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Bearing the Torch: More Study Abroad Opportunities

Having studied overseas for two semesters – one in Europe and the other in South America – senior Bonnie Jo Lange '10 enthusiastically recommends studying abroad for all Norwich students.

“It was amazing,” she said about her four months in Argentina.

In the fall of her junior year, Bonnie Jo studied at the Dublin Business School in Ireland. This past fall, she was a student at the Universidad Nacional de Cuyo, located in Mendoza, a city tucked in the foothills of the Andes. During both of these terms abroad, Bonnie Jo lived with families, immersing herself even further in the rhythm of local life.

“What really attracted me was the opportunity to live in another culture,” said Bonnie Jo, an English and communications major from Santa Maria, California, who will take a commission into the Air Force.

For Katherine Ly, a senior computer security and information assurance major from Garland, Texas, studying at the Republic of China Military Academy enhanced her ability to speak Chinese and helped prepare her for her career.

“All of the classes there were taught in Chinese, so it was obviously a challenge,” said Katherine.

“Studying abroad not only helped out my speaking, reading, and writing abilities in Chinese, but also gave me a broader perspective on the work ethics and daily living of Taiwanese students and citizens.”

Norwich University in January launched Bearing the Torch, a three-year fundraising effort. As with the Norwich Forever! campaign, which the University closed in 2009, securing endowed funds to support undergraduate students who want to study abroad is again a priority.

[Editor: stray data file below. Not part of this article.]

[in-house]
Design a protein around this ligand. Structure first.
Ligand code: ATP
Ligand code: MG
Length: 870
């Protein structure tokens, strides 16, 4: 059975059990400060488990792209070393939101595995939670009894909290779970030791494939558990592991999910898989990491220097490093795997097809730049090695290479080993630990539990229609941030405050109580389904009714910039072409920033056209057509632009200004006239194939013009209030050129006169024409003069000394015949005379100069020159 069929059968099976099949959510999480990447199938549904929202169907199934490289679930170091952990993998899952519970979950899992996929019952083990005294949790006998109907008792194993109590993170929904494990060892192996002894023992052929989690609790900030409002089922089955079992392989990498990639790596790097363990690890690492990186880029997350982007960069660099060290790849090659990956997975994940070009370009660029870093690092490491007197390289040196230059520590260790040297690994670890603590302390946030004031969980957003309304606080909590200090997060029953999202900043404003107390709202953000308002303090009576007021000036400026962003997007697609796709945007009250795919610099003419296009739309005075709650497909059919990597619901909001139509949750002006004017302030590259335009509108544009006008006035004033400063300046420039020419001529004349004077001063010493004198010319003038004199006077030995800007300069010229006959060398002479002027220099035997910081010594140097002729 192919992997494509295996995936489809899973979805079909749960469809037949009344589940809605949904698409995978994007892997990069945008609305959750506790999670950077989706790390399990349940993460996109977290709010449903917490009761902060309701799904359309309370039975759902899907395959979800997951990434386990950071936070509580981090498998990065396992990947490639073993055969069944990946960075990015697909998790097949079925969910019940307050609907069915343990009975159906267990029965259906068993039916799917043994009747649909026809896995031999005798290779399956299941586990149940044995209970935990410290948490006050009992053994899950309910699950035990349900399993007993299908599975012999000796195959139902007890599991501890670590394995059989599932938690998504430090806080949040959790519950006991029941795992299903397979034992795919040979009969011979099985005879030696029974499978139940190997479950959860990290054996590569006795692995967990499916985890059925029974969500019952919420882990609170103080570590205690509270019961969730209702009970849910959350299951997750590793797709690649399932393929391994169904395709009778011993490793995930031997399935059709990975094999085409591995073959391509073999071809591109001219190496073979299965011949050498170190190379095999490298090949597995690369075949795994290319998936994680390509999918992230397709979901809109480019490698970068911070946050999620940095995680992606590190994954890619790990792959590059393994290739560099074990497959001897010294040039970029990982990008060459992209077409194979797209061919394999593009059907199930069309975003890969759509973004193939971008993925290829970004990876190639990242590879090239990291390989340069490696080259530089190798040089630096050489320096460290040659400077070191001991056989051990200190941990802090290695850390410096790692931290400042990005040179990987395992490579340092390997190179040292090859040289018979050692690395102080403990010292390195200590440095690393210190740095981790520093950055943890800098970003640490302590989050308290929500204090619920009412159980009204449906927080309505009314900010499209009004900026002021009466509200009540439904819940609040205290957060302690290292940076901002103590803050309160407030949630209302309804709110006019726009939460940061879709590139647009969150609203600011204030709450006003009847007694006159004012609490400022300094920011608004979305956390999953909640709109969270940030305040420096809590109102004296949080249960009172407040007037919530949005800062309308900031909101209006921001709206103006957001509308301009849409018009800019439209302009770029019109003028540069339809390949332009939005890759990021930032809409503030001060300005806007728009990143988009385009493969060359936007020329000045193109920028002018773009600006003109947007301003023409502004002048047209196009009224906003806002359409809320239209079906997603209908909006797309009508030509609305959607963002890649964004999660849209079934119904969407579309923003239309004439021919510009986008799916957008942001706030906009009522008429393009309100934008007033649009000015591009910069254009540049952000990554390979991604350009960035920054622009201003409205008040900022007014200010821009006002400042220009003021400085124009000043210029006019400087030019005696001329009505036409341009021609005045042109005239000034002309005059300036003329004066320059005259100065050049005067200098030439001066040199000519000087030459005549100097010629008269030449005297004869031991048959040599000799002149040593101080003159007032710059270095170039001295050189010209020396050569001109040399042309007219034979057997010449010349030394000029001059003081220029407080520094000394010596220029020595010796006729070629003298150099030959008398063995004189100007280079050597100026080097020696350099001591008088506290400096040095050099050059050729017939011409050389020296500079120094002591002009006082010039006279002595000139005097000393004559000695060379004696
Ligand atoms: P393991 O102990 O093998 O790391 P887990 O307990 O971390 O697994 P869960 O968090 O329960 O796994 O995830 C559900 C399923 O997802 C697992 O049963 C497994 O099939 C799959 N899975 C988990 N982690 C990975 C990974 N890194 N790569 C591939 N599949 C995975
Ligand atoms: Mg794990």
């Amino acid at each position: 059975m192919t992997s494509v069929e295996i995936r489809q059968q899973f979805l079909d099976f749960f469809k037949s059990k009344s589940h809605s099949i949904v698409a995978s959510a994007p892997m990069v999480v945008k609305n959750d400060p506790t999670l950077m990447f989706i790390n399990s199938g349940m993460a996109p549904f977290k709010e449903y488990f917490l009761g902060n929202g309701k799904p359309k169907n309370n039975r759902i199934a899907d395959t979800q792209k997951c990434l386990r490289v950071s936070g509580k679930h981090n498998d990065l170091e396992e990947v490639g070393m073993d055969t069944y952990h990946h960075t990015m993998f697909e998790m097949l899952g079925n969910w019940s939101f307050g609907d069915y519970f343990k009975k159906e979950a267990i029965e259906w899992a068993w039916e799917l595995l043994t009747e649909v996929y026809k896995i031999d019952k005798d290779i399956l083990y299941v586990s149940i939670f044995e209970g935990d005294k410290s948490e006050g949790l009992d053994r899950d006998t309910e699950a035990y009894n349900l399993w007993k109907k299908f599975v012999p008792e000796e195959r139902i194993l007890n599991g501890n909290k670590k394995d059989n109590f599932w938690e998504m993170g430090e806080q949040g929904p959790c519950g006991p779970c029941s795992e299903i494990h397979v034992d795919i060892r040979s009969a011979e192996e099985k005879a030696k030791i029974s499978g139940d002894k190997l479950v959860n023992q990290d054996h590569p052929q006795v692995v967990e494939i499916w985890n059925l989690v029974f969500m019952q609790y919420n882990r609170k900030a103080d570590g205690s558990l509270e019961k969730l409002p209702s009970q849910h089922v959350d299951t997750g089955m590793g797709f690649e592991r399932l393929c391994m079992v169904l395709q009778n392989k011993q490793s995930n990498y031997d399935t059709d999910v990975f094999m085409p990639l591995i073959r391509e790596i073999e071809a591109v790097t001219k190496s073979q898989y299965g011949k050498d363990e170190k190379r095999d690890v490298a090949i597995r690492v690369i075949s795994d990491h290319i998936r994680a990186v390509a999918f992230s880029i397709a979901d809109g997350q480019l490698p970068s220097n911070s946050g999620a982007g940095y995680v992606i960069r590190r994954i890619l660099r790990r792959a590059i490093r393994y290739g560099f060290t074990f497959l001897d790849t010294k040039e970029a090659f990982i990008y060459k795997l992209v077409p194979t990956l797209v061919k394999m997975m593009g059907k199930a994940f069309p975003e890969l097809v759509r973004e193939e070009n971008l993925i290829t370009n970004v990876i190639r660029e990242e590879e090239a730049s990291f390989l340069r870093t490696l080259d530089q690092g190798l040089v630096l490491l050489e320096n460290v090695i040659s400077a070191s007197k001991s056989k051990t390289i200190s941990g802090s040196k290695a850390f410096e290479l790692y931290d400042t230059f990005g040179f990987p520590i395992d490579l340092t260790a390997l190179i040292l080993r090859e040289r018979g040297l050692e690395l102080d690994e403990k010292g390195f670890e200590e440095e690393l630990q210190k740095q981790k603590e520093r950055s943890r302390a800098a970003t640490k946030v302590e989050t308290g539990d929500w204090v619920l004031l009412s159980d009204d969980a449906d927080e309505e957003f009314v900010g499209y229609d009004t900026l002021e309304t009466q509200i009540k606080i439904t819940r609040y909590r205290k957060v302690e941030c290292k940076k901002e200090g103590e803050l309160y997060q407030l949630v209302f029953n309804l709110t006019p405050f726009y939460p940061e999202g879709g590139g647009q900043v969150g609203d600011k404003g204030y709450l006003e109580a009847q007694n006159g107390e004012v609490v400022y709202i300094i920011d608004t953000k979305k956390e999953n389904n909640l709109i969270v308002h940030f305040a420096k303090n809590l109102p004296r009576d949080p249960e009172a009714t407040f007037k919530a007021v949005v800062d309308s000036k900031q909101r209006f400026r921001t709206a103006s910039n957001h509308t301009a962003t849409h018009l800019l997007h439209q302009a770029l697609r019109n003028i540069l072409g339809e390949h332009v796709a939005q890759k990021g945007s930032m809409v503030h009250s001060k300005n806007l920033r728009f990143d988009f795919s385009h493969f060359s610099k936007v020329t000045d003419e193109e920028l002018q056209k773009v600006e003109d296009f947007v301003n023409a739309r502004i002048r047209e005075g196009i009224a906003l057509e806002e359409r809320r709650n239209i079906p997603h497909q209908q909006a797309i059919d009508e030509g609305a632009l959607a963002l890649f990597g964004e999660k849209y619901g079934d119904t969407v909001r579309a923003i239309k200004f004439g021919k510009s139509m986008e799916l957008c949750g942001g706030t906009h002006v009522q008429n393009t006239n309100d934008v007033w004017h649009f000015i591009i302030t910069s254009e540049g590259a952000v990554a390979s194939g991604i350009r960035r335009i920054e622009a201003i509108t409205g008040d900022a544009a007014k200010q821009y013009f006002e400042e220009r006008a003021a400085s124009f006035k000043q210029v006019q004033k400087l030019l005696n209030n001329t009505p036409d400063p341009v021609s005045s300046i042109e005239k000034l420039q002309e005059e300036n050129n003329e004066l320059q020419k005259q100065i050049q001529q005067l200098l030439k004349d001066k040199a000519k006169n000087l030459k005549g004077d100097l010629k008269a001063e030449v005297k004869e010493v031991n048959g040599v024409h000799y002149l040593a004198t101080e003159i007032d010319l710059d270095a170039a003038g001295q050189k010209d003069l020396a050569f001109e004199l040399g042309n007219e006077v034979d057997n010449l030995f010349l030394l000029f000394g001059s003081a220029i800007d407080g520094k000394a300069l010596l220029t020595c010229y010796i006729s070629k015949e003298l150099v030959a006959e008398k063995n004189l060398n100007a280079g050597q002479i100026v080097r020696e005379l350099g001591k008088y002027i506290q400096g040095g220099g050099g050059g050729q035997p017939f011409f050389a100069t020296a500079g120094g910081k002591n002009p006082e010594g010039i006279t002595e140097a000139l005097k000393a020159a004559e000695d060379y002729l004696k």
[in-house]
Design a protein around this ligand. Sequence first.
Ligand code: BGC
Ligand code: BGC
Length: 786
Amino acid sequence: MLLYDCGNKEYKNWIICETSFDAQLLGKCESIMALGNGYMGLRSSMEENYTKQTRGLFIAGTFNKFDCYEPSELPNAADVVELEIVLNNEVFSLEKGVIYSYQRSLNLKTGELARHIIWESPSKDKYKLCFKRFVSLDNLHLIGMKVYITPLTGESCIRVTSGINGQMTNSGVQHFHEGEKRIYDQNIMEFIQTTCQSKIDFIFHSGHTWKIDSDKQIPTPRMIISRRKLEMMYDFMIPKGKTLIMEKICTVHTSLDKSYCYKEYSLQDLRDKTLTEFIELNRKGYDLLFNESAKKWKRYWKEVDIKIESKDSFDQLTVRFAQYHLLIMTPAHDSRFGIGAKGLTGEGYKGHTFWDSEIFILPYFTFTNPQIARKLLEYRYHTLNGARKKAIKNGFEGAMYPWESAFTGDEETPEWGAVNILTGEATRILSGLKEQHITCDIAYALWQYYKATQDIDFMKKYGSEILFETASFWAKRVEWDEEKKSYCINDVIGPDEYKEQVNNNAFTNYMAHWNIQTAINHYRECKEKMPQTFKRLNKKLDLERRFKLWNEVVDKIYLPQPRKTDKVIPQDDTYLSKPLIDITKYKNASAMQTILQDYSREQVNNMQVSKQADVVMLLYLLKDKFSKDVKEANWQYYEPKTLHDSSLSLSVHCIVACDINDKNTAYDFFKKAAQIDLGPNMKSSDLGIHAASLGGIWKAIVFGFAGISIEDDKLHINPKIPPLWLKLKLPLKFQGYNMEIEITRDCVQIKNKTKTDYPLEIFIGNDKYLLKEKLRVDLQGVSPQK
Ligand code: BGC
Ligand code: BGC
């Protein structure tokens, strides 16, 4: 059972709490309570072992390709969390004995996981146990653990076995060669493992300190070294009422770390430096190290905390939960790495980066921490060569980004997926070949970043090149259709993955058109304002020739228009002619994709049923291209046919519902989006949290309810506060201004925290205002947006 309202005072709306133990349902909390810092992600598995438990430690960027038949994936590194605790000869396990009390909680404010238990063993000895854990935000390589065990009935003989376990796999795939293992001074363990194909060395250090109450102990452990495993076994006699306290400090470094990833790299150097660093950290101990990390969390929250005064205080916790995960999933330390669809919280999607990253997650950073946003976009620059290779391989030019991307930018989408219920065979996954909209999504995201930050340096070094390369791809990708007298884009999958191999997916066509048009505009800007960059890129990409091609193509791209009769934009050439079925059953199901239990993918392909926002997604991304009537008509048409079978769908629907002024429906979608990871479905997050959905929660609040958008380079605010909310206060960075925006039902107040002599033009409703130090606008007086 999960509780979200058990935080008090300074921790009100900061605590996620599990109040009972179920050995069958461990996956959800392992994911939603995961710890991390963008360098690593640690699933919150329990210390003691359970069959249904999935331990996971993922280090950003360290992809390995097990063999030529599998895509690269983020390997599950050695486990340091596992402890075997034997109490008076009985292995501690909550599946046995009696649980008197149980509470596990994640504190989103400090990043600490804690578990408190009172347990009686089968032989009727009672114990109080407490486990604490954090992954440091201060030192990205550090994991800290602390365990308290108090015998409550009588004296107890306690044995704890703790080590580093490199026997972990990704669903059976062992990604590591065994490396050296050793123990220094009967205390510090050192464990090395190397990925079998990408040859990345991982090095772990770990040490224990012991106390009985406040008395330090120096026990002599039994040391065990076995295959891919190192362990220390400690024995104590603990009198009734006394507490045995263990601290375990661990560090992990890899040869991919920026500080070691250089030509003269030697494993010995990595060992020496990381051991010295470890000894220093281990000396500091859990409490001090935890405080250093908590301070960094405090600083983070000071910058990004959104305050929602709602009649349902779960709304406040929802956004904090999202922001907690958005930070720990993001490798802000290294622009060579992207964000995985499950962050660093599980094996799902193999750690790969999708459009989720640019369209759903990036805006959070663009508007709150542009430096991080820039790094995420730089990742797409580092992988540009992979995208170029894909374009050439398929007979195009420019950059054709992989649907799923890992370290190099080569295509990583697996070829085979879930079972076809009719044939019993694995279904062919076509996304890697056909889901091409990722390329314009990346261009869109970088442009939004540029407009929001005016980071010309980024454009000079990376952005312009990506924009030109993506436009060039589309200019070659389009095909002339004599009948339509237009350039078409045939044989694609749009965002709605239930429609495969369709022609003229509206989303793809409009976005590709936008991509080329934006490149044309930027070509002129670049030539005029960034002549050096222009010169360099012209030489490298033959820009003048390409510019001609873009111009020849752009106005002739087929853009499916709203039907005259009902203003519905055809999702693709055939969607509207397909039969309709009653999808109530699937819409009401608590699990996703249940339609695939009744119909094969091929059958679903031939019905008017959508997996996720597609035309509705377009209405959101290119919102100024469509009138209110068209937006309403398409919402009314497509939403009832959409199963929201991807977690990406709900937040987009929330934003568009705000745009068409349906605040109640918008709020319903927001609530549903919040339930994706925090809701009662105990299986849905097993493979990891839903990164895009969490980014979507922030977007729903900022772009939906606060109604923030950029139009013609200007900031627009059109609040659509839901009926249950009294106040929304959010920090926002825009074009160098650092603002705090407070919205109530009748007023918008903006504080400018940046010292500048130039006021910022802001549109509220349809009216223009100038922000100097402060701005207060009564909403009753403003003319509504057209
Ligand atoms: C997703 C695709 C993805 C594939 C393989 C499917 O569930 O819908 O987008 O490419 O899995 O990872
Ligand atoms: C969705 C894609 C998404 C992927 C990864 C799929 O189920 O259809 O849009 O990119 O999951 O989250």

“An engaging learning environment offers students a broad range of learning opportunities that challenge their assumptions and pushes them to analyze issues and problems from a range of perspectives,” said President Richard W. Schneider. “Whether they choose careers in the military, the business world or elsewhere, our students will be better prepared for our global society if they have experienced a foreign culture.”

Ten years ago, fewer than 10 Norwich undergraduates studied abroad for a semester or year. In the current year, more than 55 students are studying in other nations for at least one semester. All three ROTC units at Norwich encourage students to study overseas.

“A student gets so much more out of living abroad than he or she does from merely travelling abroad, and this benefit is particularly useful for future naval officers,” said Colonel Patrick Delatte, commanding officer of the Naval ROTC unit at Norwich.

“I have spent 21 years of my life living abroad in Europe, and the experience has made me more effective when operating in a multinational environment. The experience has also allowed me to understand and appreciate other cultures and, at the same time, it has given me a heightened appreciation for the freedoms and blessings we enjoy as Americans.”

Bonnie Jo, who has already lived in Ireland and Argentina, has another foreign experience on the horizon. She has learned that she will be stationed in Germany as a logistics readiness officer – and she’s looking forward to learning German.

   

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